Chaim Berlin

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Rabbi

Chaim Berlin
ChaimBerlinPortrait.jpg
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Chaim Berlin (1832, Valozhyn – 1912, Jerusalem) (חיים ברלין) was an Orthodox rabbi and chief rabbi of Moscow from 1865 to 1889.[1] He was the eldest son of the Netziv, Rabbi Naftali Zvi Yehuda Berlin.[2]

Biography[edit]

Rabbi Chaim Berlin

Chaim Berlin was the son of Naftali Zvi Yehuda Berlin, the Netziv, and his first wife.[3] Berlin initially learned with his father.[4]

His connection to the House of David as a descendant of Rabbi Meir Katzenellenbogen, the Maharam of Padua, is detailed in The Unbroken Chain.[5]

Berlin lived in Valozhyn, Belarus, where he was head of a rabbinical court. In 1891, his father appointed him head of the Valozhyn yeshiva. There was controversy regarding this appointment as many students felt that Rabbi Chaim Soloveitchik was more deserving to head the yeshiva.[6]

Family[edit]

He was married to his first wife from 5608/1847 until her passing 5642/1882. He subsequently was married from approximately 5644/1884 until the passing of his second wife 5649/1889.[4]

Career[edit]

He served as Chief rabbi of:[1]

Berlin left Russia in 1906 and settled in Jerusalem. He became the assistant chief rabbi of the Ashkenazi community with Rabbi Shmuel Salant. He also assisted Rabbi Salant in the management of the Rabbi Meir Baal Haneis Salant charity founded by Rabbis Zundel and Salant in 1860. After Rabbi Salant died at the end of 1909, Berlin led the Jerusalem Rabbinate and the Rabbi Meir Baal Haneis Salant charity until his death in 1912 (5763).

Grave of Rabbi Chaim Berlin in the Mount of Olives Jewish Cemetery in East Jerusalem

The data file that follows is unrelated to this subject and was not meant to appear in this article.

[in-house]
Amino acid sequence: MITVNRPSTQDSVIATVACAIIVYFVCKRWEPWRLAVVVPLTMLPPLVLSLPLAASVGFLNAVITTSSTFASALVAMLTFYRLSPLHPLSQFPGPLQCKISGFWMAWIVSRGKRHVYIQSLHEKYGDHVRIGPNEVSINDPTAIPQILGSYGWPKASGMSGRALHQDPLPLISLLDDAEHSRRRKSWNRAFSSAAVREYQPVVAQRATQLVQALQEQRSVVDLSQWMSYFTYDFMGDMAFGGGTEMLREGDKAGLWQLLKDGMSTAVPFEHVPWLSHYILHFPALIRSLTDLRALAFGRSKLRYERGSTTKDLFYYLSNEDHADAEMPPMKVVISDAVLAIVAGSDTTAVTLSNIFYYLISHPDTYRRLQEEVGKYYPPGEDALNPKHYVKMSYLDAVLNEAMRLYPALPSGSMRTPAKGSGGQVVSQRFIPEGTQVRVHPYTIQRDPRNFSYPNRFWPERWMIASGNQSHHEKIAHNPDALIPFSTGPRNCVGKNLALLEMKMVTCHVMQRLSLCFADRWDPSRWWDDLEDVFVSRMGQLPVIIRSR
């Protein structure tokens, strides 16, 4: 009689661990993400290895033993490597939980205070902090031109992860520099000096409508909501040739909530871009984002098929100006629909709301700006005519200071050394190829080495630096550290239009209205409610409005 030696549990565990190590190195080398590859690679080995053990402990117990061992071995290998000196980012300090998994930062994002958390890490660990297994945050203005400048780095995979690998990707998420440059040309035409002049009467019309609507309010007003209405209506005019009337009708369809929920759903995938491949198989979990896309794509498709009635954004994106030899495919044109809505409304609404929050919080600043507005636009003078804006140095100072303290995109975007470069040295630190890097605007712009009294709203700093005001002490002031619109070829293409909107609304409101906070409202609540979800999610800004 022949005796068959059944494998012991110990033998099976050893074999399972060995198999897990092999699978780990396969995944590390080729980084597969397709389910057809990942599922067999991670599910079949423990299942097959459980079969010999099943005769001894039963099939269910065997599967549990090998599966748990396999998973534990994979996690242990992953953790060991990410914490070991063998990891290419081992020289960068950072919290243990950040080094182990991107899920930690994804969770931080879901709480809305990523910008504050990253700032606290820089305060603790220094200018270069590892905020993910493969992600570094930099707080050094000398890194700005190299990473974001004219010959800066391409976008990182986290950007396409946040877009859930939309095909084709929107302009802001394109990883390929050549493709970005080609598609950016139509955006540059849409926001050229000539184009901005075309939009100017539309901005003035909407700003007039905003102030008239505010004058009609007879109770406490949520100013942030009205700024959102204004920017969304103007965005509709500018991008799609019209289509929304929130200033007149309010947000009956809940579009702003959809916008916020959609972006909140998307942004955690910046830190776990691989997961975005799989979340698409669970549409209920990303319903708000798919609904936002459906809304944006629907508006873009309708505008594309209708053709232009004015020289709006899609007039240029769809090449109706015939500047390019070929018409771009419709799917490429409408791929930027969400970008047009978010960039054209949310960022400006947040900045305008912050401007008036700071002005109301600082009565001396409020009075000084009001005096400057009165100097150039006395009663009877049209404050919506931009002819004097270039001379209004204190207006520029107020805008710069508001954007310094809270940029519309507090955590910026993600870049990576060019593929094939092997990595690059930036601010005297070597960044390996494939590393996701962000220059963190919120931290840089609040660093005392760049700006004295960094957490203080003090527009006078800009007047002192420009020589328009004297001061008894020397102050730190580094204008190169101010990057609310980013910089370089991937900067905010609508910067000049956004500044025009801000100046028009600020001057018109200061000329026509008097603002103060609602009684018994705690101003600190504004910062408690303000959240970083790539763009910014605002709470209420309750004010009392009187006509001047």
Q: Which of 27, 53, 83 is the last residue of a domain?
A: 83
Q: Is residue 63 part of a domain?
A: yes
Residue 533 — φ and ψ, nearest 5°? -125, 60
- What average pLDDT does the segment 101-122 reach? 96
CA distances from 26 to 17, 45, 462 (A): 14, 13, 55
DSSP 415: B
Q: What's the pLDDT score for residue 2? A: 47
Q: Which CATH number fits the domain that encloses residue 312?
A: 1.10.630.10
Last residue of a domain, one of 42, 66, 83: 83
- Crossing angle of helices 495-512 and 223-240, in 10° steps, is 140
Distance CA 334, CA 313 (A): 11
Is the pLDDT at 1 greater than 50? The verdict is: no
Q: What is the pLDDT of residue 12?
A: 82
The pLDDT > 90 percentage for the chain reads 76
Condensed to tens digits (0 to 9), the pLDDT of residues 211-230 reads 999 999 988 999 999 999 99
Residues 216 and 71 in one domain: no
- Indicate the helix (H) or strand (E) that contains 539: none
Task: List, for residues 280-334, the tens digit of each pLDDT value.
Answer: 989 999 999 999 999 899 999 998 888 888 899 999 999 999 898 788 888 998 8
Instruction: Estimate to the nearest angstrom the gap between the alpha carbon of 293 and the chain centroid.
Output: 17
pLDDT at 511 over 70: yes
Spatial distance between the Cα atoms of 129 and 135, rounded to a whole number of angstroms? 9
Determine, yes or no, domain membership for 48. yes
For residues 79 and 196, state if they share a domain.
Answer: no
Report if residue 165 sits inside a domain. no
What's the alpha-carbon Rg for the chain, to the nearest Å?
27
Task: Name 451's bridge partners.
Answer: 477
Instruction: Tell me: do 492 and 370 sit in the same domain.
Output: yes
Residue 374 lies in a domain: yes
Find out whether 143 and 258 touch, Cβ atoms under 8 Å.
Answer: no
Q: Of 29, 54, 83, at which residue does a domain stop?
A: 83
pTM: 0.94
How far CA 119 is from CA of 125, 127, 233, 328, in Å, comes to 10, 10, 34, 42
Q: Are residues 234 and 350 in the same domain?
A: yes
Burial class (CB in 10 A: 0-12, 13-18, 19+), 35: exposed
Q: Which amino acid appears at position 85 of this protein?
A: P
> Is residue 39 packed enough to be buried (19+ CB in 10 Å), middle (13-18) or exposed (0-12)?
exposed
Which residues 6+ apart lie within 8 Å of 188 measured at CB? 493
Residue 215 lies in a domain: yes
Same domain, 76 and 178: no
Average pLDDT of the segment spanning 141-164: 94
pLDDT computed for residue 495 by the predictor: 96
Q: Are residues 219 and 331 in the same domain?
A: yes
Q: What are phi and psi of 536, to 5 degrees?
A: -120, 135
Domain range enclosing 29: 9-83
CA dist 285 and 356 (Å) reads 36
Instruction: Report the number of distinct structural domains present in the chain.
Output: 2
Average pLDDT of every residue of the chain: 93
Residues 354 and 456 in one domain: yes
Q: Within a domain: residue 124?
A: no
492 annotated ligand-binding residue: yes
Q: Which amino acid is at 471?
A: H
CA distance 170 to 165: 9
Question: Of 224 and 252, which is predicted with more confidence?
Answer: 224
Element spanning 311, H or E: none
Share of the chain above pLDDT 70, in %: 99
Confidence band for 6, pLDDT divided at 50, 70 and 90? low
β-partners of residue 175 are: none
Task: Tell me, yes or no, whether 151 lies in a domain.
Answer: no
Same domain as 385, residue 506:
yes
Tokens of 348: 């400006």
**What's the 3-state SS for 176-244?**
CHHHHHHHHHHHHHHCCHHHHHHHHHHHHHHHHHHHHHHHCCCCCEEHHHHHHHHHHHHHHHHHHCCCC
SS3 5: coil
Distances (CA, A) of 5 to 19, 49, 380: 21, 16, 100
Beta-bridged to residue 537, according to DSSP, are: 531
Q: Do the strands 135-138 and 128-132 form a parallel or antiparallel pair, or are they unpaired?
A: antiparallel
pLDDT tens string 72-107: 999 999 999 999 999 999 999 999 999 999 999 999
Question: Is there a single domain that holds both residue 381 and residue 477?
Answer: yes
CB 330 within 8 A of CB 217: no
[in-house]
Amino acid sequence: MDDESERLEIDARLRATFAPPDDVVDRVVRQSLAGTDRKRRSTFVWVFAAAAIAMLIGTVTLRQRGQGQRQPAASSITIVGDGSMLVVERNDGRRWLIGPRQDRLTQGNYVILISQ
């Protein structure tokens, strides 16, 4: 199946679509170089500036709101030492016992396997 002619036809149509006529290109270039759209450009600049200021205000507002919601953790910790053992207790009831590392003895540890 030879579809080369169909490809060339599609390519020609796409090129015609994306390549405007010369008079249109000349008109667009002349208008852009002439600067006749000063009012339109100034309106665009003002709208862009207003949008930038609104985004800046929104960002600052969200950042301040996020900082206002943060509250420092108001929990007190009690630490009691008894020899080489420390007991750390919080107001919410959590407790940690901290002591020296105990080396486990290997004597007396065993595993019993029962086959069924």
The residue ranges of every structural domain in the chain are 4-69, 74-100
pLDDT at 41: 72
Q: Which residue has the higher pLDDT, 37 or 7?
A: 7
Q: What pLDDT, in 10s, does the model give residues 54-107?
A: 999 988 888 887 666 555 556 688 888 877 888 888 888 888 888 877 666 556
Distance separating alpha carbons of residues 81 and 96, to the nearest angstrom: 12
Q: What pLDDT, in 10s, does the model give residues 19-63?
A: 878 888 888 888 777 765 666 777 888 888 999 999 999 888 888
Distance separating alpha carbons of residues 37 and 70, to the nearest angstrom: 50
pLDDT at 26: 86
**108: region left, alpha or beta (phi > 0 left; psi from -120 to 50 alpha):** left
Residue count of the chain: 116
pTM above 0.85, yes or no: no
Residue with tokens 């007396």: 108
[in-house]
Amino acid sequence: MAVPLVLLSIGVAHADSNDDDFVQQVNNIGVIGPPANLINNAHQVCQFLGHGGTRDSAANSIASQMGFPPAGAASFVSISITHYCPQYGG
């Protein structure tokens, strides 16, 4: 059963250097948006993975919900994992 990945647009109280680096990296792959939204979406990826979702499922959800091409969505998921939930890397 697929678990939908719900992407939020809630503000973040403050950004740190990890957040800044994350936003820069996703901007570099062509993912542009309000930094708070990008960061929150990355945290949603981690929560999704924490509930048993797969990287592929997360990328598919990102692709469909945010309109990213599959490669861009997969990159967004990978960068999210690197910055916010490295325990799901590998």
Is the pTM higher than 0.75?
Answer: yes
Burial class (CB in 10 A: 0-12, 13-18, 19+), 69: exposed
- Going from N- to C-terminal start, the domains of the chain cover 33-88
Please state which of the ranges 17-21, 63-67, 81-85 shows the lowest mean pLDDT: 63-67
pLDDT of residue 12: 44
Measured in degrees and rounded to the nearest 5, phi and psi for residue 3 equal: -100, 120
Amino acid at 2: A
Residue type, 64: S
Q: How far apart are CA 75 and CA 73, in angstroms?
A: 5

Legacy[edit]

He passed away at age 81 on 13 Tishrei 5663 (September 24, 1912) and was buried in the Mount of Olives Jewish Cemetery in East Jerusalem.[7]

Yeshiva Rabbi Chaim Berlin, established in Brooklyn, New York in 1904 as Yeshiva Tiferes Bachurim, was renamed for Rabbi Chaim Berlin in 1914, at the suggestion of his brother, Rabbi Meir Berlin (Bar-Ilan).

Writings[edit]

His major extensive writings were not published for nearly a century after his passing.
This changed with three publications:[8]

  • 2002: Sefer Nishmat Hayyim, She'elot u-Teshuvot (R. Ya'akov Kosovsky-Shachor ed., Beni-Brak, 412 pp.)
  • 2003: Sefer Nishmat Hayyim, Mamorim u'Mechtavim (R. Ya'akov Kosovsky-Shachor ed., Beni-Brak, 424 pp.)
  • 2008: Otzar Reb Hayyim Berlin, Shu"t Nishmat Hayyim, Jerusalem, 4 vol., 446, 462, 449, 298 pp.)

References[edit]

  1. ^ a b "Rabbi Chaim Berlin (1832-1912)". RabbiMeirBaalHaneis.com.
  2. ^ "Today's Yahrtzeits and History – 13 Tishrei".
  3. ^ Unlocking the Torah Text: Vayikra, Shmuel Goldin
  4. ^ a b "This day in History - 13 Tishrei". October 6, 2014.
  5. ^ Rosenstein, Neil. "The Unbroken Chain: Biographical Sketches and Genealogy of Illustrious Jewish Families from the 15th-20th Century," Volumes 1 and 2, Revised Edition, CIS Publishers: New York, 1990. ISBN 0-9610578-4-X.
  6. ^ Triumph of Survival:The Story of the Jews in the Modern Era 1650-1990, Berel Wein
  7. ^ "News, Responsa and Letters of the Netziv and HaRav Chaim Berlin".
  8. ^ Eliezer Brodt (November 26, 2008). "Two Editions of R. Chaim Berlin's Responsa: An Egregious Example of Censorship".

External links[edit]